Protein Discovery Sheds New Light on Cellular Behavior
Every living thing is made up of a massive network of cells. Understanding everything there is to know about them can give scientists nearly limitless information about the larger processes that govern everything from how we move to how we think.
Researchers at The University of Texas at Austin and University of California San Diego just published a new paper in Nature Physics featuring previously unknown information about cellular proteins and how they organize themselves. They found that a protein called VASP naturally phase separates into liquid droplets, which is critical for the bundling of actin that helps cells hold their shape and control movement.
"This discovery helps us better understand how the cytoskeleton is organized at a fundamental level, which impacts every cell in the body," said Jeanne Stachowiak, an associate professor in the Cockrell School of Engineering’s Department of Biomedical Engineering and one of the leaders of the project. "Ultimately, by better understanding the function of the cytoskeleton, we can gain insights into virtually every known disease, the development of embryos, the aging process and more."
The Research: The spatial organization of proteins within cells can significantly alter the cell behavior. Research in this area in recent years has led to the realization that many proteins spontaneously phase separate into liquid droplets. But what does that mean for actins and their organization?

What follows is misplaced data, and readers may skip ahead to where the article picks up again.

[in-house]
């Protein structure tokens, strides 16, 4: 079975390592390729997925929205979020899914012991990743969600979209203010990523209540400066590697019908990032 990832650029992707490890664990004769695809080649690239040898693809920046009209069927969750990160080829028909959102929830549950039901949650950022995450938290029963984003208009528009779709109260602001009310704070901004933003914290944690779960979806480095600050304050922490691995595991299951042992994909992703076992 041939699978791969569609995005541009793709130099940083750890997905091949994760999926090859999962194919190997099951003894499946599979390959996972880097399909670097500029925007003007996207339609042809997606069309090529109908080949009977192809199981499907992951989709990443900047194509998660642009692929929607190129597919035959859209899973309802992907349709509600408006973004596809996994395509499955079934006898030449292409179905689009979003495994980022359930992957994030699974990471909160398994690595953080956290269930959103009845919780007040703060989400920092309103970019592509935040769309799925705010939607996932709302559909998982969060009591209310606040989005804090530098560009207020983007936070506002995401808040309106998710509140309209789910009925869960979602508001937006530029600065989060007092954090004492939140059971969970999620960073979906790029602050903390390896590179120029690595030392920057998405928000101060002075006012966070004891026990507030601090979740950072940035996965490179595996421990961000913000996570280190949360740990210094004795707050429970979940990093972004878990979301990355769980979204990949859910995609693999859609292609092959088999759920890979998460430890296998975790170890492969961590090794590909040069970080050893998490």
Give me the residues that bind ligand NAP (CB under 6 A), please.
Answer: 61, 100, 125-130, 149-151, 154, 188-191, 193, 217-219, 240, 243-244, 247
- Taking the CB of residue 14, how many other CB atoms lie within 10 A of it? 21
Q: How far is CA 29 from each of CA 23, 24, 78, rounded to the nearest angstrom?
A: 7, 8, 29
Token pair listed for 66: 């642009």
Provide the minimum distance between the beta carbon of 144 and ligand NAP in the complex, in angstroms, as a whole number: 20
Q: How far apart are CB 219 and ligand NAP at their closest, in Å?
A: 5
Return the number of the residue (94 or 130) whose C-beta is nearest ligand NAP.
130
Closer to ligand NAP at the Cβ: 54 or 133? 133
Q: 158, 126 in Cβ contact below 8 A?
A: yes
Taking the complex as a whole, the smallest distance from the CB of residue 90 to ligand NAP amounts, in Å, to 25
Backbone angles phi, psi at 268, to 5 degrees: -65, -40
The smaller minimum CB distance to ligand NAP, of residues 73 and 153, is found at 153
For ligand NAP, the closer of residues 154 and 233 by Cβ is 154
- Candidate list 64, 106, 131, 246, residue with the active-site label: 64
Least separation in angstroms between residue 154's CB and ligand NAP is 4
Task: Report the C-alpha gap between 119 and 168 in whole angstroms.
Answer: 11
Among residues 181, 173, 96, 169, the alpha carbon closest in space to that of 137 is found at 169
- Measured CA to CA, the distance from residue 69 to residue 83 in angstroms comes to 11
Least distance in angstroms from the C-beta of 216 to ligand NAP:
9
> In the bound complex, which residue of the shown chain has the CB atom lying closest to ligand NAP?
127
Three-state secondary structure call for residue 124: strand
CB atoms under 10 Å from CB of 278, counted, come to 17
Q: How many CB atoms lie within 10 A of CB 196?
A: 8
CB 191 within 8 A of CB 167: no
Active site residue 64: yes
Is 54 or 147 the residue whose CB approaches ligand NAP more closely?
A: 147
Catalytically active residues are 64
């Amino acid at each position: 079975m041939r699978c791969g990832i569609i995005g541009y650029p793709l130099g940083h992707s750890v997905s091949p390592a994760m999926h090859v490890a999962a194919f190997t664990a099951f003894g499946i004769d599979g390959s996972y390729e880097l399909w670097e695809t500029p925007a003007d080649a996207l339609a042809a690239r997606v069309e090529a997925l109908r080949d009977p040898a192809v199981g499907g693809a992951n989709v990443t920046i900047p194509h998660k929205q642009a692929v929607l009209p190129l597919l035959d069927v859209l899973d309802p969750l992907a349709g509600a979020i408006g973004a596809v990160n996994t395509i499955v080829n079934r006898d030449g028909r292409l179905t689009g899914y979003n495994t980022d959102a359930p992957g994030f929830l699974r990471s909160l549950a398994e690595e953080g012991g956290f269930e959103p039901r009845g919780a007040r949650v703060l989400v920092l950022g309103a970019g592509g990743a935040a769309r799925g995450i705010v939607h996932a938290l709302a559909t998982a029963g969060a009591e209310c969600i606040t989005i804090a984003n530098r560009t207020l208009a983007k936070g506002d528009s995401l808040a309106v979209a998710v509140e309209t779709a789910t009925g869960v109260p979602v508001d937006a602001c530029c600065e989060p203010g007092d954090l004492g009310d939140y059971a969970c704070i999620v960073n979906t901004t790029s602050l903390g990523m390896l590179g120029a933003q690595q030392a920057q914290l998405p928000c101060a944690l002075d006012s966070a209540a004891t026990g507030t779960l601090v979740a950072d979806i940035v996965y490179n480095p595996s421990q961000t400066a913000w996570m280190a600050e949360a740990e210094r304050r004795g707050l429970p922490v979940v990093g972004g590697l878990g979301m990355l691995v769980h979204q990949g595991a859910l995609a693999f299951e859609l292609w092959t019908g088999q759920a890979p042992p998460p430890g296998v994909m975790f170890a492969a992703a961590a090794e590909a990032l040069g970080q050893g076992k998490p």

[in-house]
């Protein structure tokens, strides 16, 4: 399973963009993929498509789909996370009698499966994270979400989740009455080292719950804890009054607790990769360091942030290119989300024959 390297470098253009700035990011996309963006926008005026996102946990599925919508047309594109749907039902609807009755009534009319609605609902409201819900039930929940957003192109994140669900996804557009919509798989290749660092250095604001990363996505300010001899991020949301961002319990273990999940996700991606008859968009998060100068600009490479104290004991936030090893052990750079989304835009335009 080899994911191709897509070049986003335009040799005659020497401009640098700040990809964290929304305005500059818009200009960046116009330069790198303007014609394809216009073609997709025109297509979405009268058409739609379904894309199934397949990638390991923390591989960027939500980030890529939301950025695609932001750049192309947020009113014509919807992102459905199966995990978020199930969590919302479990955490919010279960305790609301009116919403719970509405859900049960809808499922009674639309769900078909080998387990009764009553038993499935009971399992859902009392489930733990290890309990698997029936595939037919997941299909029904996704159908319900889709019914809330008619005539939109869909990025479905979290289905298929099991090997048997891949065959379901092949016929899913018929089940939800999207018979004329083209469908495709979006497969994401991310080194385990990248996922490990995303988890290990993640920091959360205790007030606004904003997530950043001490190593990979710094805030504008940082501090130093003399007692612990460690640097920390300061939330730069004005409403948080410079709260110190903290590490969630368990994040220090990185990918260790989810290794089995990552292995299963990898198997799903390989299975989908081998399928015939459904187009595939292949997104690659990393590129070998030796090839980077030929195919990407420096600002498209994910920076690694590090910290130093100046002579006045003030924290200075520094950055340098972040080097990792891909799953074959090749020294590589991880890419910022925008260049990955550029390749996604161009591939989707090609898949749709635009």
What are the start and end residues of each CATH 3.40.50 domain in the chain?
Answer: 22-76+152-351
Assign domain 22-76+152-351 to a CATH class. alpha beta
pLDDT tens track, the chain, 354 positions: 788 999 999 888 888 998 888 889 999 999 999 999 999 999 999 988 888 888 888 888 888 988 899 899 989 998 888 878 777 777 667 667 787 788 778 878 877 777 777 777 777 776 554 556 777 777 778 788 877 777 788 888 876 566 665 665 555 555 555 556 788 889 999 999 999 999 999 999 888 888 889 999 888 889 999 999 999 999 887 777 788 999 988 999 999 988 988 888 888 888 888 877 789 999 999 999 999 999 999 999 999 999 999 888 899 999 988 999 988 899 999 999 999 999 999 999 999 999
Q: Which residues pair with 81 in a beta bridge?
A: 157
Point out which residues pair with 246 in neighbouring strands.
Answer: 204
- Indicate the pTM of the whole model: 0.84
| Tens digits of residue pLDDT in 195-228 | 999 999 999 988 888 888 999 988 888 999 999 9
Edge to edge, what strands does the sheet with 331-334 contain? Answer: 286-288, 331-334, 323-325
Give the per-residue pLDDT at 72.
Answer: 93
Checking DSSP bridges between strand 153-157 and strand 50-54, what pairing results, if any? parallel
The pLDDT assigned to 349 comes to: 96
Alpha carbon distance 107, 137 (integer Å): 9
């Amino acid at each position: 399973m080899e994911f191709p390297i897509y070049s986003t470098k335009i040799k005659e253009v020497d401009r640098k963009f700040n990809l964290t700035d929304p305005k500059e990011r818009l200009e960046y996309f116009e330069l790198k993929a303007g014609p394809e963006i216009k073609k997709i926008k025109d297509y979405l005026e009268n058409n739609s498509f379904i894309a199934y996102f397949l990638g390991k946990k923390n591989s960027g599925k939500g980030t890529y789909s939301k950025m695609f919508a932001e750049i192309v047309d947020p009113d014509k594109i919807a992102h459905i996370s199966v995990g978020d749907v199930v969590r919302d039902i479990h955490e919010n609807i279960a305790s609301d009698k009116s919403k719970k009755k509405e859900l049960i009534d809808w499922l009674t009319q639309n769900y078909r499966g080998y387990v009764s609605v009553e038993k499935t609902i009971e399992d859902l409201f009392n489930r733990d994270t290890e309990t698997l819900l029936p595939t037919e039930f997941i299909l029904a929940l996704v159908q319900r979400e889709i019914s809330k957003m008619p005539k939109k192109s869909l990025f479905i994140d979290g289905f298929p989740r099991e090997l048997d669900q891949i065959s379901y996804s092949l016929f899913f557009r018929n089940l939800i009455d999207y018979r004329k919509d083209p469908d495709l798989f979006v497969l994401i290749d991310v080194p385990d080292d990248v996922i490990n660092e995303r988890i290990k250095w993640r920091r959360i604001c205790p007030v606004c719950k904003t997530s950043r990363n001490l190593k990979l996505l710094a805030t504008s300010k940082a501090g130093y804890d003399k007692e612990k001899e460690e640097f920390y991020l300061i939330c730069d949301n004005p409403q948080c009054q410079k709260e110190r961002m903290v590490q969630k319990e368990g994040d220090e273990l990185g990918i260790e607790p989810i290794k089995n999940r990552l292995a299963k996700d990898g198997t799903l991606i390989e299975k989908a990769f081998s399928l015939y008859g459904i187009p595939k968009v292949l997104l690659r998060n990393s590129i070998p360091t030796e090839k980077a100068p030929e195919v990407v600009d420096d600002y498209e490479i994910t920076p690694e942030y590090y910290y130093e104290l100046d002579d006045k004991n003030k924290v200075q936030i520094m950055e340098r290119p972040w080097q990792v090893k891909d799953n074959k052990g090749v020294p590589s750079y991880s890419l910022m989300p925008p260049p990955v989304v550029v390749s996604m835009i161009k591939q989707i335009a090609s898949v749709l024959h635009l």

The research shows that with this particular protein its separation can lead to the formation of long bundles of actin, similar to those found in filopodia, which are actin-rich membrane antennae to help cells probe their environment.
Why It Matters: Tight regulation in spatial organization of proteins is critical for the health of cells. Discrepancies in the spatial organization can affect key cellular processes such as cell division and immune response.
Having this knowledge about spatial organization makes it easier to generate ways to potentially nudge cells into the right place, ensuring their health.
The Team: The researchers credit their success to the interdiscplinary nature of the students on the team and their ability to overcome common bottlenecks. Stachowiak focuses on the biophysical systems that underlie cellular functions. Padmini Rangamani, professor in the Department of Mechanical and Aerospace Engineering at UCSD, focuses on biological systems design.
Several members of the team made important contributions. Kristin Graham, a graduate student in the Stachowiak group, meticulously sorted through thousands of images to carefully classify the shape of actin networks within the droplets. This also allowed the team to develop computational models explaining the underlying mechanisms. Building on top of the experimental insights, Aravind Chandrasekaran, a postdoctoral researcher in the Rangamani group, built a continuum energy model that explained the underlying scaling mechanism.
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